DA defends ending deals with lawyer who called office racist


The elected district attorney in Pittsburgh is defending his decision to stop offering plea deals to clients of a Black criminal defense lawyer who accused the prosecutor’s office of racial bias in court last month.

On Thursday, Allegheny County District Attorney Stephen Zappala Jr. released a May 18 memo sent to staff that immediately halted any plea deal talks with clients of Milton E. Raiford for what Zappala described as Raiford’s “convoluted critical diatribe.”

Zappala, a Democrat, told deputy district attorneys they needed their supervisor’s permission to withdraw charges against Raiford’s clients and any discussions with him must be “memorialized.”

The policy drew condemnation from Reggie Shuford, executive director of the Pennsylvania American Civil Liberties Union, who called it unethical and deeply disturbing.

“Retaliating against an attorney who complains about racism in the DA’s office by refusing to offer plea agreements to his clients is itself arguable evidence of bias,” Shuford wrote in a release.

Raiford said in a phone interview Thursday that Zappala was “enforcing something in America that’s wicked and evil and discriminatory — racism.”

“There’s a revolution going on in this country,” Raiford told The Associated Press. “People are tired of being stomped on. And people are tired of being afraid of the police that are sworn to protect us. And he’s the chief cop.”

The state attorney general’s office released a statement saying the matters that have been reported publicly are concerning and that “questions of professional conduct and ethical behavior” fall under the state disciplinary board that handles allegations of lawyer misconduct.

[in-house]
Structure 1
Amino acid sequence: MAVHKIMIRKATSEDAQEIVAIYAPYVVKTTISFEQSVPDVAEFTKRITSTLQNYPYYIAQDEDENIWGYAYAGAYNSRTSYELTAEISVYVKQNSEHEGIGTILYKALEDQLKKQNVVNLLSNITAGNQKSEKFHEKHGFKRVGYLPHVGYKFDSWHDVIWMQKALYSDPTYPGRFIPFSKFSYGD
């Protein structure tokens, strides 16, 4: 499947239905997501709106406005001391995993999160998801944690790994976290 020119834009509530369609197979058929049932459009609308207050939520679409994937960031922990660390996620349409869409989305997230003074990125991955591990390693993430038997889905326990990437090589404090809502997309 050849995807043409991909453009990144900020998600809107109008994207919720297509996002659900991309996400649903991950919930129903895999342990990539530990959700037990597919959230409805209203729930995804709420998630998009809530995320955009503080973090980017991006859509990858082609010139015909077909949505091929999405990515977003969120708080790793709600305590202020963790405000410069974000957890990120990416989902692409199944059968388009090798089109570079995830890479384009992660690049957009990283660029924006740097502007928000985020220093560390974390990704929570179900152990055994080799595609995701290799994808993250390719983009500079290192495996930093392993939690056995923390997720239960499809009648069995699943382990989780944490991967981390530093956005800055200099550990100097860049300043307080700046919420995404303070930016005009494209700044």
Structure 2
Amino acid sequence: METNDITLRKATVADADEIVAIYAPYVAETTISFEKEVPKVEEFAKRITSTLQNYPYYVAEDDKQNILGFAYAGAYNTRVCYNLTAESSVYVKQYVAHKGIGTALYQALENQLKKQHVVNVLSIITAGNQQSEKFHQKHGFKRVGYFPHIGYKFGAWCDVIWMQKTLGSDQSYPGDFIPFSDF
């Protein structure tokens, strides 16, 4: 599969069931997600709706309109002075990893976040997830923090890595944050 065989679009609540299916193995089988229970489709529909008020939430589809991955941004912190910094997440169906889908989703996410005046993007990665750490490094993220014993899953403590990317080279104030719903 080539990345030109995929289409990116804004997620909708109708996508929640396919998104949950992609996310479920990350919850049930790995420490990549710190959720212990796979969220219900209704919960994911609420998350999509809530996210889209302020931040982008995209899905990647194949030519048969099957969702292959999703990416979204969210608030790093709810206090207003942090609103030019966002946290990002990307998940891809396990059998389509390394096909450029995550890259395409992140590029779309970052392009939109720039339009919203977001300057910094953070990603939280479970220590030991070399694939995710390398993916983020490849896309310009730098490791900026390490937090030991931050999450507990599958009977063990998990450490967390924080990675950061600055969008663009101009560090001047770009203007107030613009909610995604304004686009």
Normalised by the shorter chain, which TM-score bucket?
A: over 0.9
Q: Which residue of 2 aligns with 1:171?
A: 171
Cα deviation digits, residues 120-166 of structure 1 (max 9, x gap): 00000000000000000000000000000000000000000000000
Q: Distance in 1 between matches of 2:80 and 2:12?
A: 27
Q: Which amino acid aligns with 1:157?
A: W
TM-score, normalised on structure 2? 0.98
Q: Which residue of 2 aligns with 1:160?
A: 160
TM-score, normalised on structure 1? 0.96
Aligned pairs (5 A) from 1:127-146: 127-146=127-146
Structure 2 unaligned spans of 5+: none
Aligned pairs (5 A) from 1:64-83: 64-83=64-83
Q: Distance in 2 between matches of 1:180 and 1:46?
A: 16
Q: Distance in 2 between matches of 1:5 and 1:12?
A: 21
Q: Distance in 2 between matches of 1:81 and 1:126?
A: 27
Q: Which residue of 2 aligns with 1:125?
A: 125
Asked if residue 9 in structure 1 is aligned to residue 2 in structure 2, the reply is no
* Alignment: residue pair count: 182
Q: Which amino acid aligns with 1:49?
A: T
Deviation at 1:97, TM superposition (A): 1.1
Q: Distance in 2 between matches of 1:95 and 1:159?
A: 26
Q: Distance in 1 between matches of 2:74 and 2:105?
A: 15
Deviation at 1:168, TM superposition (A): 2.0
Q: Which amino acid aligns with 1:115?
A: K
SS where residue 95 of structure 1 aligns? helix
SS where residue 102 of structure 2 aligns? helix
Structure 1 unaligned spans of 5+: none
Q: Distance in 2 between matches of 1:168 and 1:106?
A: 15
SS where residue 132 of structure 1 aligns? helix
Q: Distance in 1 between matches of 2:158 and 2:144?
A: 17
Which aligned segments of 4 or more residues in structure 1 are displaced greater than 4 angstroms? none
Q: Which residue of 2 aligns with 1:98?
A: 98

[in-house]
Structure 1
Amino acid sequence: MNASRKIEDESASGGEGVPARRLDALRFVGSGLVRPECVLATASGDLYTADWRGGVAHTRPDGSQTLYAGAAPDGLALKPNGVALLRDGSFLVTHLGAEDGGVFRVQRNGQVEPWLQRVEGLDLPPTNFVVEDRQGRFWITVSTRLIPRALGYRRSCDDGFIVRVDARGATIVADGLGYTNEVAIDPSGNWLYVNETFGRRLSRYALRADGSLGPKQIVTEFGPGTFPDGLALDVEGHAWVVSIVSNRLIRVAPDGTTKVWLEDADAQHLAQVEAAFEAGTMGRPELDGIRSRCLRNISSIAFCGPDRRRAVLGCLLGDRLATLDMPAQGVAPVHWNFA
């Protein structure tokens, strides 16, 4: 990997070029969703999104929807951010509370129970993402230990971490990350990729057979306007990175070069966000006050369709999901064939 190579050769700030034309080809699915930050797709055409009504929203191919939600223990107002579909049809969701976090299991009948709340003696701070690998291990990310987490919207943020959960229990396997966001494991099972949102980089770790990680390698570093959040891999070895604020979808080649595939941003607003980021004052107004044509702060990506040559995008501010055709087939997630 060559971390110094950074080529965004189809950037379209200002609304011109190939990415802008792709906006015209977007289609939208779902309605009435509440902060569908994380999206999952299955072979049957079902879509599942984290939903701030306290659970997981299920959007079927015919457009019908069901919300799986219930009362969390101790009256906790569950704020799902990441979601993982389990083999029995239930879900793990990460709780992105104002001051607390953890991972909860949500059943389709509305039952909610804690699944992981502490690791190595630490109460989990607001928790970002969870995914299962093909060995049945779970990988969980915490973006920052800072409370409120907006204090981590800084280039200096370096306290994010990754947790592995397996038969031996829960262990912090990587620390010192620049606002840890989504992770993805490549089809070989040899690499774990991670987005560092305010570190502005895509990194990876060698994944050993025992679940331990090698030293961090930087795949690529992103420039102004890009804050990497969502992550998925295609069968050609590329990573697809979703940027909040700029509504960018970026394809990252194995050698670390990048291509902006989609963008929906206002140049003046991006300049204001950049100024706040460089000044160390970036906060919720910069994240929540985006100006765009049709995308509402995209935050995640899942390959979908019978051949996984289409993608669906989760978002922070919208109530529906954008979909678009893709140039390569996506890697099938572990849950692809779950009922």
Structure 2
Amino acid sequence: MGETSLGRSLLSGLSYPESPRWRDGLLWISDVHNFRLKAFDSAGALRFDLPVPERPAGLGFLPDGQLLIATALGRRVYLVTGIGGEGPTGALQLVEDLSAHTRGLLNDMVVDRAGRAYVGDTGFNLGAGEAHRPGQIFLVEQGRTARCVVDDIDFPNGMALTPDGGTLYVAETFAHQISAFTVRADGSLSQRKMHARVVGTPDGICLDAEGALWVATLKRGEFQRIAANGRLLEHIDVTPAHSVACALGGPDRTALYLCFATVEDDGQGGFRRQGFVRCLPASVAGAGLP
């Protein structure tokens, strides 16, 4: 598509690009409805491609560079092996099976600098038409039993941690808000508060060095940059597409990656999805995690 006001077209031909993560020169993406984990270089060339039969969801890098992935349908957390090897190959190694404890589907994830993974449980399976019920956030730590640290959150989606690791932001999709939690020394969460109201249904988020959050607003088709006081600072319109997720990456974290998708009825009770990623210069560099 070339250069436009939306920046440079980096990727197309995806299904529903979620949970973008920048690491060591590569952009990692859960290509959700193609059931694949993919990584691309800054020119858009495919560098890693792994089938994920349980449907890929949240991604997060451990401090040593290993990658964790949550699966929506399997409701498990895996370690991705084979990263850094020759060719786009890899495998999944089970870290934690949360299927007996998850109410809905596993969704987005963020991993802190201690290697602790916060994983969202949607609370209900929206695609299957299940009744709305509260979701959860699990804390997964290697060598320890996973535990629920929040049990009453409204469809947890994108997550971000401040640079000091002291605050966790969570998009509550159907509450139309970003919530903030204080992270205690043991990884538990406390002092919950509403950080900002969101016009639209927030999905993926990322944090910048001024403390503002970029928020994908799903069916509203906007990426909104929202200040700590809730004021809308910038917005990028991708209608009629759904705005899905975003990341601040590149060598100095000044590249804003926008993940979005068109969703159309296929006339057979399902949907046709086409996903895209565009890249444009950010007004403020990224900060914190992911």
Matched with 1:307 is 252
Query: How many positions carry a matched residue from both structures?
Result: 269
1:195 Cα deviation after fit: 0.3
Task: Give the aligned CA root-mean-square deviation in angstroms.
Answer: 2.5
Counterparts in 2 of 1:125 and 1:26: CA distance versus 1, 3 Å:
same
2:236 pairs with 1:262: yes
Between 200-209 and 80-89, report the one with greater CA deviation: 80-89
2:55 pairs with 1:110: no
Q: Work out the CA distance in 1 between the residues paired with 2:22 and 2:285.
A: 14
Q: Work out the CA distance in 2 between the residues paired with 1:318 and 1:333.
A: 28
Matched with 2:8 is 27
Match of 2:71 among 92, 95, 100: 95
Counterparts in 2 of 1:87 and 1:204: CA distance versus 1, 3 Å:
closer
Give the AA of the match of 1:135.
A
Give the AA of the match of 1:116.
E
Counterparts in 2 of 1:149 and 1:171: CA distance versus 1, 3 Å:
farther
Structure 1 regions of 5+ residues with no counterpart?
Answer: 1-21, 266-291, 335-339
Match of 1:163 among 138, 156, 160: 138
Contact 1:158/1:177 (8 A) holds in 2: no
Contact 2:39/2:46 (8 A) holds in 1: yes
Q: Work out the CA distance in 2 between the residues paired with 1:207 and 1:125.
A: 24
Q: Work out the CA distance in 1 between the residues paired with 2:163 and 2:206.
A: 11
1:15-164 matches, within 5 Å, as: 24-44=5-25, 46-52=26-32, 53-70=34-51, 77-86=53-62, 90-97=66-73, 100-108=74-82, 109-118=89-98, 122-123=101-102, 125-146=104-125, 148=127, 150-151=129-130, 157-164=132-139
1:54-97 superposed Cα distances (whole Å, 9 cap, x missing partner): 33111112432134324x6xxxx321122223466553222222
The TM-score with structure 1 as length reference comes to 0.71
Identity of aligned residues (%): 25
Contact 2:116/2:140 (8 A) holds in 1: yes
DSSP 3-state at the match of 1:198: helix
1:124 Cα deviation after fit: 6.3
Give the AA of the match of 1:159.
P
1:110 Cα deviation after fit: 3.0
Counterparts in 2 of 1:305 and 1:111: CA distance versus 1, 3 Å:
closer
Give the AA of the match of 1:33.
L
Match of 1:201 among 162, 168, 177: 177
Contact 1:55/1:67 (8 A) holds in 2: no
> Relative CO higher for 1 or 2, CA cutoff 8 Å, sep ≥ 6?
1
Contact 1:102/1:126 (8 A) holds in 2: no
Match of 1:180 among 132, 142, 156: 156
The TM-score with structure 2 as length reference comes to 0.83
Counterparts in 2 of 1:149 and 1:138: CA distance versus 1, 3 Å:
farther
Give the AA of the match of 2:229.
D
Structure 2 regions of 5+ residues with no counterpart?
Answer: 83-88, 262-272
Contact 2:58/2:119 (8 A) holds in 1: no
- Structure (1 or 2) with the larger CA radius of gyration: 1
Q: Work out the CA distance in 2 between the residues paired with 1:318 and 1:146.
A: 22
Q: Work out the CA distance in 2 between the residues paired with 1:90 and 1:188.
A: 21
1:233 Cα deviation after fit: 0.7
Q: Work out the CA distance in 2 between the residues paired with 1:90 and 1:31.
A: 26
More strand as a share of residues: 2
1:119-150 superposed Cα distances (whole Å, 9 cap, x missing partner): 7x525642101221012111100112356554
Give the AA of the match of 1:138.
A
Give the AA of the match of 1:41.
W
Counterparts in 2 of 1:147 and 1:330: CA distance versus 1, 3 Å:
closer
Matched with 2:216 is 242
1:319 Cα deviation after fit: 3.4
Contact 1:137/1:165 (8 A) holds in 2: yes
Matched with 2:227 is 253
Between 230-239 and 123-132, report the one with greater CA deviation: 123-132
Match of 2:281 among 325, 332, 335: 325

Zappala’s policy regarding Raiford’s clients, first reported by the Pittsburgh Tribune-Review, was prompted by a May 13 exchange in a Pittsburgh courtroom after a defendant represented by Raiford pleaded guilty to stabbing a man in the abdomen and assaulting a jail guard.

In the transcript released late Thursday by Zappala’s office, Raiford said he was “pretty much appalled, discouraged and dismayed” that Pittsburgh “is the worst place to live if you’re an African American in terms of healthcare, in terms of job, in terms of six times more likely to be arrested by a police officer during a pretextual traffic stop than anybody in the whole country.”

Raiford told the judge he believes Zappala’s office is “systematically racist. And I think the criminal justice system is systematically racist. And I’m not eager to run my clients back into the guillotine.”

He told Judge Anthony Mariani he was putting his concerns on the record during all court proceedings.

“I’m doing it in every case,” Raiford told the judge. “I’m not excluding anybody. I don’t care if it’s a case — anything.”

In his statement Thursday, Zappala said his policy was meant to ensure consistent, evidence-based decisions “and avoid false claims of racism” against his office and its lawyers.

Raiford said Thursday that the new policy violates his clients’ right to due process of law, and that he had thought of Zappala as a friend.

“I just don’t know how this guy with his venomous attitude, I just don’t understand how he’s going to be able to prosecute any of my cases. I don’t understand how he’s going to do that,” Raiford said.

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